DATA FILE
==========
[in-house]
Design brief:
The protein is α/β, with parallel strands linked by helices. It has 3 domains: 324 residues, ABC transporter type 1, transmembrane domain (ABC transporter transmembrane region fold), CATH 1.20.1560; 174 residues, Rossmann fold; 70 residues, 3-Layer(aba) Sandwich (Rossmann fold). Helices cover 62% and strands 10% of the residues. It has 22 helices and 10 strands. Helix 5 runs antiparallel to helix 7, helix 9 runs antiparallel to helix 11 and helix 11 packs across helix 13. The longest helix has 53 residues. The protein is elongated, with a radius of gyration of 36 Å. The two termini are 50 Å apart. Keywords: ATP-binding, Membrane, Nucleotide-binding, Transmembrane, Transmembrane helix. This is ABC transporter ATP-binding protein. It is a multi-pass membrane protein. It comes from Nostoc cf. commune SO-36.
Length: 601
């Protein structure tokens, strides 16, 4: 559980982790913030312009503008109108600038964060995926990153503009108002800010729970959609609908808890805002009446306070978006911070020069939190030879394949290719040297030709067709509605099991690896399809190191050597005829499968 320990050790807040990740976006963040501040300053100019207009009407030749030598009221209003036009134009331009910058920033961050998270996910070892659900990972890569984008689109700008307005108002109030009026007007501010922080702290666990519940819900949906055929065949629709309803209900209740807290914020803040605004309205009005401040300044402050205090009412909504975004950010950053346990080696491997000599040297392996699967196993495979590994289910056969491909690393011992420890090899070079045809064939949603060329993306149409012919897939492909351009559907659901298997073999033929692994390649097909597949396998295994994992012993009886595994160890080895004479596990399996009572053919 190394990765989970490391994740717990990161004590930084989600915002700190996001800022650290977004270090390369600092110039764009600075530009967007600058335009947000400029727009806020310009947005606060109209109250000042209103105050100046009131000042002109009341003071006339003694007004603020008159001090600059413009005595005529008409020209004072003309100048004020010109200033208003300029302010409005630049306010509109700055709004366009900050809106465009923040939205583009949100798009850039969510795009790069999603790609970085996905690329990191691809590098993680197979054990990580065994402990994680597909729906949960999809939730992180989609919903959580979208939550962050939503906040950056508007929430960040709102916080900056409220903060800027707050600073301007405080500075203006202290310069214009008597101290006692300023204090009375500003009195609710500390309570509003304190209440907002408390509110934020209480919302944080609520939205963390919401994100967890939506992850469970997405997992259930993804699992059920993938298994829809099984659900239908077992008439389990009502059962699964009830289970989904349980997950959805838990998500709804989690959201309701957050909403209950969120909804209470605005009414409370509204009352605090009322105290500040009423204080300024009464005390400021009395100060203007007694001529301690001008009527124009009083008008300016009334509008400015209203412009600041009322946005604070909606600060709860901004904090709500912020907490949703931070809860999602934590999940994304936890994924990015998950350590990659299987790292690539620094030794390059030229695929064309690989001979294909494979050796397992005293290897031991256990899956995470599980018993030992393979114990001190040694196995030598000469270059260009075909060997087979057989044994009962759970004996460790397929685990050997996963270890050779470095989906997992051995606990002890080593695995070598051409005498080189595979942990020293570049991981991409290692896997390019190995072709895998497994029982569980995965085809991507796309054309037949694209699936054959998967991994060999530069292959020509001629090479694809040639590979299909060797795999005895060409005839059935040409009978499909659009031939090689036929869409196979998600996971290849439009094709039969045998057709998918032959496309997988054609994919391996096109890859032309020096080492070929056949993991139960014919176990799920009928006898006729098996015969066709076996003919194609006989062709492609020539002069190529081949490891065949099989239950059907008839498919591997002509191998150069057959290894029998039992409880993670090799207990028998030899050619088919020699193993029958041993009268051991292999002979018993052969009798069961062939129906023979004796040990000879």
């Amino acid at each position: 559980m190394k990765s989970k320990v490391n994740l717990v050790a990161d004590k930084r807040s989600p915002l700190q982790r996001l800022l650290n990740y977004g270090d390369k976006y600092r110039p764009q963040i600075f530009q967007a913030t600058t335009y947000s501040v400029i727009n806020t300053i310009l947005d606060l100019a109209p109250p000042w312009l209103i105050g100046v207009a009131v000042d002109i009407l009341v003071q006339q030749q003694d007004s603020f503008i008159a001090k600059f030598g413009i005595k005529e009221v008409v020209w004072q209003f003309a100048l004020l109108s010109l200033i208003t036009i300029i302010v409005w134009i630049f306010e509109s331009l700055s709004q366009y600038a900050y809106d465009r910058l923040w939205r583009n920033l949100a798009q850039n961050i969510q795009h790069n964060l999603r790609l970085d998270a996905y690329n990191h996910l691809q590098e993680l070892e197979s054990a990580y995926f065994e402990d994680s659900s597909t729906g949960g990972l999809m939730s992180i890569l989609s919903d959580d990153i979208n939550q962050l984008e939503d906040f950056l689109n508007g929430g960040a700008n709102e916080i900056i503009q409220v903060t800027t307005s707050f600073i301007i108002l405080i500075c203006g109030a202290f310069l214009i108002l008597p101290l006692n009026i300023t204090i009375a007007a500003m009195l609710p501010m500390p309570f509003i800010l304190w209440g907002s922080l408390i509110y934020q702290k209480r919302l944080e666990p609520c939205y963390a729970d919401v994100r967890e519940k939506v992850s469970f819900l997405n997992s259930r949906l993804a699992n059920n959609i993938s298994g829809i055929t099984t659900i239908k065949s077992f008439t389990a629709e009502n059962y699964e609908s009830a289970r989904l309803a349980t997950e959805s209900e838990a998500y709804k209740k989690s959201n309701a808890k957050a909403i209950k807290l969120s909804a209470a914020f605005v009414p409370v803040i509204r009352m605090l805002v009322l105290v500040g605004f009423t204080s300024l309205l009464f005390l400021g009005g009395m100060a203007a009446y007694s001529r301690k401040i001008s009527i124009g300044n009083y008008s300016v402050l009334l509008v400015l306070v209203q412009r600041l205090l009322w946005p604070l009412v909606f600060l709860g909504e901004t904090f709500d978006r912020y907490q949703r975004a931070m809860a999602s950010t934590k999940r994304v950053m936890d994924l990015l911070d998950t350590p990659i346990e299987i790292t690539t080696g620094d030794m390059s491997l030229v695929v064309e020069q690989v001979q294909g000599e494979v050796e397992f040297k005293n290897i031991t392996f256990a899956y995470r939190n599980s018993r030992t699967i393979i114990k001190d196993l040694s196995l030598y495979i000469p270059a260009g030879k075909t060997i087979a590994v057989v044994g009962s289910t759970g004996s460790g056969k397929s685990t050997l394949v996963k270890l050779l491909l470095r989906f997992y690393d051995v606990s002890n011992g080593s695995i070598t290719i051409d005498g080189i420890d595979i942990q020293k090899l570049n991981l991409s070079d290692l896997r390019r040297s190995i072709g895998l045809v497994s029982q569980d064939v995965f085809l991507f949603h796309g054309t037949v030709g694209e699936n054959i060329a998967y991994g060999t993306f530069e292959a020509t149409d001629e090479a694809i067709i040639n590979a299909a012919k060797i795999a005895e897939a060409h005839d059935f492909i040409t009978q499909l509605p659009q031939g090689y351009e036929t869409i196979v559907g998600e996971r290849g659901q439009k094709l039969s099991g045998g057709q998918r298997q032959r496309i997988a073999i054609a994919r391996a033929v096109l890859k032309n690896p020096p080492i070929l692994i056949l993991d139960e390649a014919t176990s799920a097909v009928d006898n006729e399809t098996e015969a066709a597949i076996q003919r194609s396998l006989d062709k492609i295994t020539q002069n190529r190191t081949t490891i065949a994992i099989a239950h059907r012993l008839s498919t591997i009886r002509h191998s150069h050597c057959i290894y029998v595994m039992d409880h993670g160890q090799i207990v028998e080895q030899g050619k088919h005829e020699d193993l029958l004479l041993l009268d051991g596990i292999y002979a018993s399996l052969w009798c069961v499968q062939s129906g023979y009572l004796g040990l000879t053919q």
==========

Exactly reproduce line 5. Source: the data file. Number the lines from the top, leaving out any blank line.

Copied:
């Protein structure tokens, strides 16, 4: 559980982790913030312009503008109108600038964060995926990153503009108002800010729970959609609908808890805002009446306070978006911070020069939190030879394949290719040297030709067709509605099991690896399809190191050597005829499968 320990050790807040990740976006963040501040300053100019207009009407030749030598009221209003036009134009331009910058920033961050998270996910070892659900990972890569984008689109700008307005108002109030009026007007501010922080702290666990519940819900949906055929065949629709309803209900209740807290914020803040605004309205009005401040300044402050205090009412909504975004950010950053346990080696491997000599040297392996699967196993495979590994289910056969491909690393011992420890090899070079045809064939949603060329993306149409012919897939492909351009559907659901298997073999033929692994390649097909597949396998295994994992012993009886595994160890080895004479596990399996009572053919 190394990765989970490391994740717990990161004590930084989600915002700190996001800022650290977004270090390369600092110039764009600075530009967007600058335009947000400029727009806020310009947005606060109209109250000042209103105050100046009131000042002109009341003071006339003694007004603020008159001090600059413009005595005529008409020209004072003309100048004020010109200033208003300029302010409005630049306010509109700055709004366009900050809106465009923040939205583009949100798009850039969510795009790069999603790609970085996905690329990191691809590098993680197979054990990580065994402990994680597909729906949960999809939730992180989609919903959580979208939550962050939503906040950056508007929430960040709102916080900056409220903060800027707050600073301007405080500075203006202290310069214009008597101290006692300023204090009375500003009195609710500390309570509003304190209440907002408390509110934020209480919302944080609520939205963390919401994100967890939506992850469970997405997992259930993804699992059920993938298994829809099984659900239908077992008439389990009502059962699964009830289970989904349980997950959805838990998500709804989690959201309701957050909403209950969120909804209470605005009414409370509204009352605090009322105290500040009423204080300024009464005390400021009395100060203007007694001529301690001008009527124009009083008008300016009334509008400015209203412009600041009322946005604070909606600060709860901004904090709500912020907490949703931070809860999602934590999940994304936890994924990015998950350590990659299987790292690539620094030794390059030229695929064309690989001979294909494979050796397992005293290897031991256990899956995470599980018993030992393979114990001190040694196995030598000469270059260009075909060997087979057989044994009962759970004996460790397929685990050997996963270890050779470095989906997992051995606990002890080593695995070598051409005498080189595979942990020293570049991981991409290692896997390019190995072709895998497994029982569980995965085809991507796309054309037949694209699936054959998967991994060999530069292959020509001629090479694809040639590979299909060797795999005895060409005839059935040409009978499909659009031939090689036929869409196979998600996971290849439009094709039969045998057709998918032959496309997988054609994919391996096109890859032309020096080492070929056949993991139960014919176990799920009928006898006729098996015969066709076996003919194609006989062709492609020539002069190529081949490891065949099989239950059907008839498919591997002509191998150069057959290894029998039992409880993670090799207990028998030899050619088919020699193993029958041993009268051991292999002979018993052969009798069961062939129906023979004796040990000879």